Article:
Recommended by Marina from Masala Herb
Khanom Khrok, sometimes also spelled as Kanom Krok or in another variation, is a traditional Thai dessert. You can find it all over Thailand, especially at night markets and street stalls, and it is also a popular dish in Laos.
Khanom Khrok translates to “rice pudding” in English. While it is not a pudding but rather a teeny-tiny pancake, the main ingredient is rice flour which is mixed together with coconut milk and sugar to form a dough. To this basic dough, some additional ingredients can be added such as corn, green onions, or taro for added flavor.
What sets Khanom Khrok apart from regular pancakes is the special pan in which the small pancakes are prepared. This pan consists of a dozen small indentations on both sides.
The dough gets poured and baked in each indention separately after which two half-circular doughs are formed together into one circular shape.
Khanom Khrok is a must-try dish in Thailand and can be eaten as a snack or as a dessert. A great benefit is also that it is a naturally vegan Thai dish which makes it suitable for plant-based travelers.
One portion of Khanom Khrok mostly consists of five small pancakes and is served in a basket made from banana leaves.
Recommended by Annelies from Travelers & Dreamers
Pork Larb (Larb Moo)
Pork Larb (Larb Moo) is a spicy dish from Thailand’s North Eastern region otherwise known as Isarn. However, being a popular street food it is also quite commonly found around most of Bangkok and other Thai cities.
Pork Larb consists of minced pork (chicken, duck, and mushroom are also common) mixed with a powerful combination of chili, fish sauce and lime juice. Traditionally, a coarse toasted rice powder is mixed in while cooking which adds a nutty aroma. Finally, this is all topped with generous amounts of roughly chopped fresh coriander, mint, and raw finely sliced red onion shallot for freshness.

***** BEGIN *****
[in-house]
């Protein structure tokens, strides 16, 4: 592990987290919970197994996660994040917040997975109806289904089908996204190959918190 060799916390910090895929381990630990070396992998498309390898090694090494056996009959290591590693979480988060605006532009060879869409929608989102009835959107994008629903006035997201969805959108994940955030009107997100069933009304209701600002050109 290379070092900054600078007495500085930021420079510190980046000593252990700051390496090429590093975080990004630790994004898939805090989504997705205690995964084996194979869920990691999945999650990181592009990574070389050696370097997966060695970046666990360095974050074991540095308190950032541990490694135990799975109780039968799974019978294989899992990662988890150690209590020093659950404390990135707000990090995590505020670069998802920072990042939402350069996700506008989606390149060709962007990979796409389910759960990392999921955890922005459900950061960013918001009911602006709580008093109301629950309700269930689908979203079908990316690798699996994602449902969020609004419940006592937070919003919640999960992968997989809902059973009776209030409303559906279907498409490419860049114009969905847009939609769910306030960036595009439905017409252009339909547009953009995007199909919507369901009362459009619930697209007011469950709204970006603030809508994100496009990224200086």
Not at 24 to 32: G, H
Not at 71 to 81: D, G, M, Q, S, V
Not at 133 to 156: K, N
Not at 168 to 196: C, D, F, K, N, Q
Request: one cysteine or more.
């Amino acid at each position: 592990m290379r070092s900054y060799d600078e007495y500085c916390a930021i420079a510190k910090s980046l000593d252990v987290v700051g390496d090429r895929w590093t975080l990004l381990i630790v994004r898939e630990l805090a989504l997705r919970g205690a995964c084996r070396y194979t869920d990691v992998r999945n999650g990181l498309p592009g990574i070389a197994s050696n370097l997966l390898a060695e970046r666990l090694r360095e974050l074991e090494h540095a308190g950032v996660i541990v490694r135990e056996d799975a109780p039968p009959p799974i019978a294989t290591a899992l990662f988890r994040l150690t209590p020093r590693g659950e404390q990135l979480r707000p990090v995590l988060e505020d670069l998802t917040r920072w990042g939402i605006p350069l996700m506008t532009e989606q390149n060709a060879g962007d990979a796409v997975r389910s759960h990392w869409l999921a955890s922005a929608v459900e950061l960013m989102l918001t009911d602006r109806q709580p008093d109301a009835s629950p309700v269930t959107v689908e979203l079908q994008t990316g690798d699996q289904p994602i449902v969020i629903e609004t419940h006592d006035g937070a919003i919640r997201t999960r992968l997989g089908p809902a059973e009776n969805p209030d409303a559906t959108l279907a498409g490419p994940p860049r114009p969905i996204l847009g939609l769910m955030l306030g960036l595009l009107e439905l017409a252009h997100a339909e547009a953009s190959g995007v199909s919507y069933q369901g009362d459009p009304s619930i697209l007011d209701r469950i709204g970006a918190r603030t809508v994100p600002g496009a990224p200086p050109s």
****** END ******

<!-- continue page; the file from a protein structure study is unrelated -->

You can opt to go entirely without chili (mai sai pet) or ramp up the heat to your preferred level. Locals generally eat this one spicy, and I suggest it is worth the try if you can handle the heat.
Larb is often served along with Somtum (Papaya Salad), Grilled Pork Neck, Sticky Rice and other Isarn dishes and washes down well with a cold beer.
Recommended by Josh Shephard from The Lost Passport
Other drinks and foods to try in Thailand
There are several other foods to try in Thailand and drinks that aren’t necessarily meals or Thai dishes, but are worth trying on your trip to Thailand.
So many unique and delicious tropical fruits grow in Thailand. Pineapple and coconut are popular fruits found in many Thai dishes. But there are a few other fruits that are more challenging to find in other parts of the world.
Fruits like Durian, Rambutan, Mangosteen, Lychee, and Dragonfruit are worth trying at least once.
A word of warning regarding durian. This fruit is known for its pungent smell. In fact, many hotels will fine you for bringing durian into their establishment. While it may smell like dirty gym socks, luckily it doesn’t taste like them. The fruit has more of a mango texture with a melon flavor.
Thai Milk Tea
Thai Milk Tea is a popular, creamy drink consumed throughout the country.
The sweet drink combines strongly brewed black tea, condensed milk or evaporated milk, and sugar. It is typically brewed with various spices such as star anise, tamarind, and orange blossom, giving it a unique and aromatic flavor and a distinctive orange color.
The drink is often served over ice, making it a refreshing and cool beverage. In some restaurants, it may also be topped with a creamy froth or whipped cream to enhance its richness.
Scorpion, crickets, tarantula? 😲
Yes, you read that correctly. At some of the night markets, like Khao San Road Market in Bangkok, you can buy fried scorpions, crickets, tarantulas, and snakes.
This is not something that Thai people actually eat in daily life. It is more of a novelty for tourists. You can find similar novelties at the Wangfujing Night Market in Beijing, China, as well as other countries in Southeast Asia.
So what does it taste like? We did actually try the fried scorpion. It tasted like tangy jerky, and had a distinct aftertaste that is hard to explain.
10/10 would not recommend, but for the novelty factor, if you want to say you tried it, a fried scorpion on a stick will cost you the equivalent of $3 USD.
Why these dishes are the best foods to try in Thailand
Thailand is one of the best foodie destinations in the world, and trying some of these popular and best Thai dishes is a great way to experience and appreciate the culture of this incredible country.
Whether you are visiting Thailand for the first time or the hundredth, you will likely never get tired of these great foods to try in Thailand.
Do you have a question or comment about any of these best Thai dishes and foods to try in Thailand? We’d love to hear from you! Leave your thoughts in the comments below.